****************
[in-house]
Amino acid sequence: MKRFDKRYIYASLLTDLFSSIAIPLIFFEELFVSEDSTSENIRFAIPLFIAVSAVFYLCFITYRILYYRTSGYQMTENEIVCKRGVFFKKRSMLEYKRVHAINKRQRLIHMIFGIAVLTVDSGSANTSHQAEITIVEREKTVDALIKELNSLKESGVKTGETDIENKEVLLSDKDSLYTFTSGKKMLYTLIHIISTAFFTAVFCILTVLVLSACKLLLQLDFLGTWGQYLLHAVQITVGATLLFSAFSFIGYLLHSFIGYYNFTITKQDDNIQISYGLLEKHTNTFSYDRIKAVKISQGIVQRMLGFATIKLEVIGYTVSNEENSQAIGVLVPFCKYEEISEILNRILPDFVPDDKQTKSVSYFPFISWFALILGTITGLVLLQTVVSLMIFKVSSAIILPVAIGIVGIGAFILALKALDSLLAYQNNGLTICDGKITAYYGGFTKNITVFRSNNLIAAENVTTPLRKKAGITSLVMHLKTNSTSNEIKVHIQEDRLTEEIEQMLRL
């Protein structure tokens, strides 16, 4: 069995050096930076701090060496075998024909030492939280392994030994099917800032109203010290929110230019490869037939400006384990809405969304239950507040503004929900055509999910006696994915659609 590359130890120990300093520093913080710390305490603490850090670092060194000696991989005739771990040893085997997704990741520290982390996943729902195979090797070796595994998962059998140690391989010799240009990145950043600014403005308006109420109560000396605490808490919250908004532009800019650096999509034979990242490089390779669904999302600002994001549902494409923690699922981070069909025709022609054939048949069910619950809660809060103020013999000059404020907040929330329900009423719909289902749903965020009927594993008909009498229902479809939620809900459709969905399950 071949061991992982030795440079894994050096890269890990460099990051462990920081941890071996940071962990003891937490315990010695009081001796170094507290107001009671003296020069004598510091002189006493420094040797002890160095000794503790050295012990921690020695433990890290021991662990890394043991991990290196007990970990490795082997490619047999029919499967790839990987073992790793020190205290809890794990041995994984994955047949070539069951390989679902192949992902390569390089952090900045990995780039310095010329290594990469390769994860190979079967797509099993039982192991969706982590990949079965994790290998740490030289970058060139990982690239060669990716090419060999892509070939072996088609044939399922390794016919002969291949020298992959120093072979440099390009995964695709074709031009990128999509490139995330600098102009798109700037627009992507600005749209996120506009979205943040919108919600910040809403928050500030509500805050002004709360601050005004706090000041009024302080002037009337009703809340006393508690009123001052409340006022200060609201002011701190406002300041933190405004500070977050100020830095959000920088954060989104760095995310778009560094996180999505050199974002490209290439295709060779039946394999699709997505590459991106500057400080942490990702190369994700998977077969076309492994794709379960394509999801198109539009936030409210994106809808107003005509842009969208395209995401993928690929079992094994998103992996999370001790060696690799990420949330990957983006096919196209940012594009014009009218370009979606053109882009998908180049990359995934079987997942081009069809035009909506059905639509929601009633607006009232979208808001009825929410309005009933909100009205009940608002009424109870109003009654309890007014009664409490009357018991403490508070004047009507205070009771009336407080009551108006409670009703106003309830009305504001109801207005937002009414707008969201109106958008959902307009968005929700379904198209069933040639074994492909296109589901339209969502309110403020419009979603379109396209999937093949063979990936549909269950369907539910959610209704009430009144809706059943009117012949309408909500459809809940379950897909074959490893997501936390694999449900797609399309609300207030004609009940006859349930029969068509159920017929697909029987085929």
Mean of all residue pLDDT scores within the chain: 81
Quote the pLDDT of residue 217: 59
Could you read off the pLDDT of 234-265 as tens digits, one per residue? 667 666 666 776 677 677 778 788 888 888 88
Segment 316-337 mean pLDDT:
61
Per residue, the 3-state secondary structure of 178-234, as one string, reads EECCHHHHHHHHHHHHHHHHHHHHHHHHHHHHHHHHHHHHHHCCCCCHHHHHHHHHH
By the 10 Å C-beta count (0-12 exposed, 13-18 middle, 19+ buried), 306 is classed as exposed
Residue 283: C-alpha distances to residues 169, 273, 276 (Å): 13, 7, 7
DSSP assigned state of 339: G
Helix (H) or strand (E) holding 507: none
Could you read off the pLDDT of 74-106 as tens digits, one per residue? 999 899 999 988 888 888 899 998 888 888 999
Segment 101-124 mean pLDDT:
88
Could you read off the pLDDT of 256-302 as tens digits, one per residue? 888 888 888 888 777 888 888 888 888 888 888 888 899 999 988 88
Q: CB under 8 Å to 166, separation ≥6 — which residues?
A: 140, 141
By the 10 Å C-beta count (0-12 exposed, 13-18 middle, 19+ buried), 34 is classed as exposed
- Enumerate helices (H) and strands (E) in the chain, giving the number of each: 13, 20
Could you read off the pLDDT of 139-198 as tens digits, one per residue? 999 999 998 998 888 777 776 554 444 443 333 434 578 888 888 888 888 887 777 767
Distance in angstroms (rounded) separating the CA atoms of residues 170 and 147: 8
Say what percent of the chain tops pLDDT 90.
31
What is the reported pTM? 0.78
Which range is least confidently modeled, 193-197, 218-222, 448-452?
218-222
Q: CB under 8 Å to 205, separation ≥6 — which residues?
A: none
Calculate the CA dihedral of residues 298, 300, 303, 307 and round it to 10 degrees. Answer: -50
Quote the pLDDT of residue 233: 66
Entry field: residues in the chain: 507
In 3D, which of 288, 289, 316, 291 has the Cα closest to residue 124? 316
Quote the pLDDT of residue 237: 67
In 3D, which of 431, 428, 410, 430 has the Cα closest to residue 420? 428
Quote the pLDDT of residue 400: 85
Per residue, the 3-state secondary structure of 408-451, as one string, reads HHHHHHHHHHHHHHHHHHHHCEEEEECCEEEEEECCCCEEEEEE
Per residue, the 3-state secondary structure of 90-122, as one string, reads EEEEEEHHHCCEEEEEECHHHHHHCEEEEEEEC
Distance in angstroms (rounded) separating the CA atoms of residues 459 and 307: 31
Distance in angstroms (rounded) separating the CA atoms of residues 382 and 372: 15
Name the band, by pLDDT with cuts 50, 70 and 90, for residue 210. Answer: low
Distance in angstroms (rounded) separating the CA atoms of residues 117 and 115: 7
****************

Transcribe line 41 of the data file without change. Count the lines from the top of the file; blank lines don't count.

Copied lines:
Distance in angstroms (rounded) separating the CA atoms of residues 382 and 372: 15